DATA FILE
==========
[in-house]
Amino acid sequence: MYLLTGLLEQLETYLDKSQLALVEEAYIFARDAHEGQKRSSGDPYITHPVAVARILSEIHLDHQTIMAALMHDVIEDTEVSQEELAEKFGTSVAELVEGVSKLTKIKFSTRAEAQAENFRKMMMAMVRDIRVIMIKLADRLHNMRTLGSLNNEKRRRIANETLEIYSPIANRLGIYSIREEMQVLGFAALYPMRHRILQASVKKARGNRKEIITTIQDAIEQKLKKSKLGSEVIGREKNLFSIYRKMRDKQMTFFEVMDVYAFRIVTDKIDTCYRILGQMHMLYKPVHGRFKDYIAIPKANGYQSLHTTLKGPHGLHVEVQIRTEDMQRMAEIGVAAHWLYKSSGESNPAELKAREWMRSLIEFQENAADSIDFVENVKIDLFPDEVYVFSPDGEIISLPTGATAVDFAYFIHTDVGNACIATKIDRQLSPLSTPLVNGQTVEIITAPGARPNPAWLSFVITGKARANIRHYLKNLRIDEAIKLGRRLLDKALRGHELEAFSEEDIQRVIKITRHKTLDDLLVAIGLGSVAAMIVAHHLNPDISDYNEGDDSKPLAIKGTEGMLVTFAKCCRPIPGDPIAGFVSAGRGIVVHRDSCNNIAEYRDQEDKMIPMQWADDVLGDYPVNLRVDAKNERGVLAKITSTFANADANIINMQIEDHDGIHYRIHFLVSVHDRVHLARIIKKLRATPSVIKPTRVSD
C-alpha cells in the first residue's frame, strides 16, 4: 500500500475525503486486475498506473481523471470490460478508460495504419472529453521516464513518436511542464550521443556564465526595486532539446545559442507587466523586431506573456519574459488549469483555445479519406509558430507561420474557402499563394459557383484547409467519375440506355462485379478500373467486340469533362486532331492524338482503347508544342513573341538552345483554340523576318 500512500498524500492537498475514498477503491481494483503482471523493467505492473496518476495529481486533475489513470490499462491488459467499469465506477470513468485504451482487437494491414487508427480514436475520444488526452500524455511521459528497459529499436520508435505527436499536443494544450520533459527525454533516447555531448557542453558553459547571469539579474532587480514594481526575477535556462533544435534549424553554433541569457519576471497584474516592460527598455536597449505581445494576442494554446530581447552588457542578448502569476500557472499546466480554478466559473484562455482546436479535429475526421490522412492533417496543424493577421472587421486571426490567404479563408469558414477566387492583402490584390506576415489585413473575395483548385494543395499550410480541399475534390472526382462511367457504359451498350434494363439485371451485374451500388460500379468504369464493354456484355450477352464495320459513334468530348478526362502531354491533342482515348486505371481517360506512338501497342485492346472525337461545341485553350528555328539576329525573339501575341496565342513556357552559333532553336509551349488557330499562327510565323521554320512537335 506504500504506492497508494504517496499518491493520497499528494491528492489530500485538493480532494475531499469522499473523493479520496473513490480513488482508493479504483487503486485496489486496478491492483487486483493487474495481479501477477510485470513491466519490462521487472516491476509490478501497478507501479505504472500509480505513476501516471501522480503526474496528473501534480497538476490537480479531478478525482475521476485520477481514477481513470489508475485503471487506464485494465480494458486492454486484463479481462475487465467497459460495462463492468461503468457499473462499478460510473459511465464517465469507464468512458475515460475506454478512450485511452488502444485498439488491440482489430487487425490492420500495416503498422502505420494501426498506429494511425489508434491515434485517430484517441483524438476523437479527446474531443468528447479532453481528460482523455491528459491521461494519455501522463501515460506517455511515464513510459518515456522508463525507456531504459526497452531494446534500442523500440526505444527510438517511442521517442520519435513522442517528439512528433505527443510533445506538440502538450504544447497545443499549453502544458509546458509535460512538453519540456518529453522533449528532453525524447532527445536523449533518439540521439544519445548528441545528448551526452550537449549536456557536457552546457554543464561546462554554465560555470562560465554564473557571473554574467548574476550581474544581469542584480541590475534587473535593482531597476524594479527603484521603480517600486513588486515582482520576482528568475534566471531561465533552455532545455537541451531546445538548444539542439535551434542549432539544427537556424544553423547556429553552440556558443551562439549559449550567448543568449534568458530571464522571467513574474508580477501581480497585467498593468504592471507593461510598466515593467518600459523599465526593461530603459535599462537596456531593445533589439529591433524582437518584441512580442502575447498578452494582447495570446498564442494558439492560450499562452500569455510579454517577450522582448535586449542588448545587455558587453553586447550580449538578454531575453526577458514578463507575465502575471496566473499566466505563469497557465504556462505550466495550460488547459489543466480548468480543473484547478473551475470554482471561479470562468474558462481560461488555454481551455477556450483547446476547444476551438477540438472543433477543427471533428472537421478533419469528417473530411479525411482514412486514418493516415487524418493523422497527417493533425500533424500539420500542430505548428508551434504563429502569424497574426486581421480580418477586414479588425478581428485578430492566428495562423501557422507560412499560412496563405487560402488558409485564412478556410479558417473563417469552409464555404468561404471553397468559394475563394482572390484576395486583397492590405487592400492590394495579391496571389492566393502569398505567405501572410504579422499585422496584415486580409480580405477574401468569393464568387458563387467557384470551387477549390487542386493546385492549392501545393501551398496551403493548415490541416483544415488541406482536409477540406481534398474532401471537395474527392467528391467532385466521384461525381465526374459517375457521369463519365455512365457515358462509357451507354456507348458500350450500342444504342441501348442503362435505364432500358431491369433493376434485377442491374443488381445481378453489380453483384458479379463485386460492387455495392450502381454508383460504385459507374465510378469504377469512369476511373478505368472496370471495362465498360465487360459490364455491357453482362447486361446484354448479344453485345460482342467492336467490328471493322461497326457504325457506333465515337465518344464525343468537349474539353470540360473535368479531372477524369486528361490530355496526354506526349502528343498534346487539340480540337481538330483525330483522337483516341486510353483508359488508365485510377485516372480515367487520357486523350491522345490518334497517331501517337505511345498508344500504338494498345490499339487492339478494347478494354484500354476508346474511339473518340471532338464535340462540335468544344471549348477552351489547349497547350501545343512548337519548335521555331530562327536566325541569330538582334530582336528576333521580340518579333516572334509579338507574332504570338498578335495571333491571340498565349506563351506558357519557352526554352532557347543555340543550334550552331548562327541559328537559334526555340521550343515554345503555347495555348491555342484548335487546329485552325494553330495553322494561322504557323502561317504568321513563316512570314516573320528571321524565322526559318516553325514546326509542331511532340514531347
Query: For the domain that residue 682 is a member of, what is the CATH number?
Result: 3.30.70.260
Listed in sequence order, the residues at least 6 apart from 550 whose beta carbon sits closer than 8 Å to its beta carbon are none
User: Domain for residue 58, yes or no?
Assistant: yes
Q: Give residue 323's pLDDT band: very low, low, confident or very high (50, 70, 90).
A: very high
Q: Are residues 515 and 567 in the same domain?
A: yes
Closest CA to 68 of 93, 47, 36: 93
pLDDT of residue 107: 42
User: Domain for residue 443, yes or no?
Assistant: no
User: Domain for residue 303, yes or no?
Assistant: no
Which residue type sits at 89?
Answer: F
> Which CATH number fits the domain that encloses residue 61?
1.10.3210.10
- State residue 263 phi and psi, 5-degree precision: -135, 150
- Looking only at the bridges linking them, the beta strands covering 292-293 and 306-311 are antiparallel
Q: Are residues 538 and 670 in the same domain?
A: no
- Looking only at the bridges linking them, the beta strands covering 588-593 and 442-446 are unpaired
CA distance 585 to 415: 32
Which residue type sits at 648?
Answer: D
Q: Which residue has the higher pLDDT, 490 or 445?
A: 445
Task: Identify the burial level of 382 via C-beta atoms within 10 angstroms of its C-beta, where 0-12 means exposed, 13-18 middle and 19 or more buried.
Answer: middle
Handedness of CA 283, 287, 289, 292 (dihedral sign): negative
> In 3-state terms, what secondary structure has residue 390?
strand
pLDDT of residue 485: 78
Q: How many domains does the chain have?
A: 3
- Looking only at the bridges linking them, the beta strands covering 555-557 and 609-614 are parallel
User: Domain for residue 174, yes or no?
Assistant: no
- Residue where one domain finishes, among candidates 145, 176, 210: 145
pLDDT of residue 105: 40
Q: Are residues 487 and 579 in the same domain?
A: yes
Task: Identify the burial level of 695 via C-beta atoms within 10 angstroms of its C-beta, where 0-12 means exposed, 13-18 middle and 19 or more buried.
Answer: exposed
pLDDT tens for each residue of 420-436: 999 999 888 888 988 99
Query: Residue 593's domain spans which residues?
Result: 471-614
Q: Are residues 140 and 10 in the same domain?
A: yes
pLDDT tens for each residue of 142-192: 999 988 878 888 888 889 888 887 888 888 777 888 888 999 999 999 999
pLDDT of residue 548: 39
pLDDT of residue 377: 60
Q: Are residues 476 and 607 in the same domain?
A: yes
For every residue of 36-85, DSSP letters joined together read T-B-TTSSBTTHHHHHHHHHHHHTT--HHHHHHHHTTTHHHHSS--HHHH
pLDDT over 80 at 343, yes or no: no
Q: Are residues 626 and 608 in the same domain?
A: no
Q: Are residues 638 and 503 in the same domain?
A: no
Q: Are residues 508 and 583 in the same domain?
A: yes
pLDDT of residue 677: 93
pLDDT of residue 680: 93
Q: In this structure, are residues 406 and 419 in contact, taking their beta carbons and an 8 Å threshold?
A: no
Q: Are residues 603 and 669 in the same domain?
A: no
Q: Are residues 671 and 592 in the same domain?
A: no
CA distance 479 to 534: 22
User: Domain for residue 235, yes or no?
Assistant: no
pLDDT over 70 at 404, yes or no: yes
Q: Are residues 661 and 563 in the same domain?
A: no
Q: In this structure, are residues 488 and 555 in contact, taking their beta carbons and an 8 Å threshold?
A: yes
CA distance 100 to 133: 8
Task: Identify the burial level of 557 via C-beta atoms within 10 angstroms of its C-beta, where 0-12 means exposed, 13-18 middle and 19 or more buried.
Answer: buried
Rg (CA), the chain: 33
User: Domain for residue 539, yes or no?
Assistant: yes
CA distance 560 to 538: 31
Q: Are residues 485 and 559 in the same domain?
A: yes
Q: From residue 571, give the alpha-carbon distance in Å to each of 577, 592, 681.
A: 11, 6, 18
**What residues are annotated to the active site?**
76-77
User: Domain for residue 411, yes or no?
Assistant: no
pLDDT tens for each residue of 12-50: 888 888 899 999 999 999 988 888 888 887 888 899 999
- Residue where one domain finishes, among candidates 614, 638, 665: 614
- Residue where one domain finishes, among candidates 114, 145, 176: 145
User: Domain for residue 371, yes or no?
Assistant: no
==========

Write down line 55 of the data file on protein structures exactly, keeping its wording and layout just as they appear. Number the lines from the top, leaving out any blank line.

pLDDT tens for each residue of 142-192: 999 988 878 888 888 889 888 887 888 888 777 888 888 999 999 999 999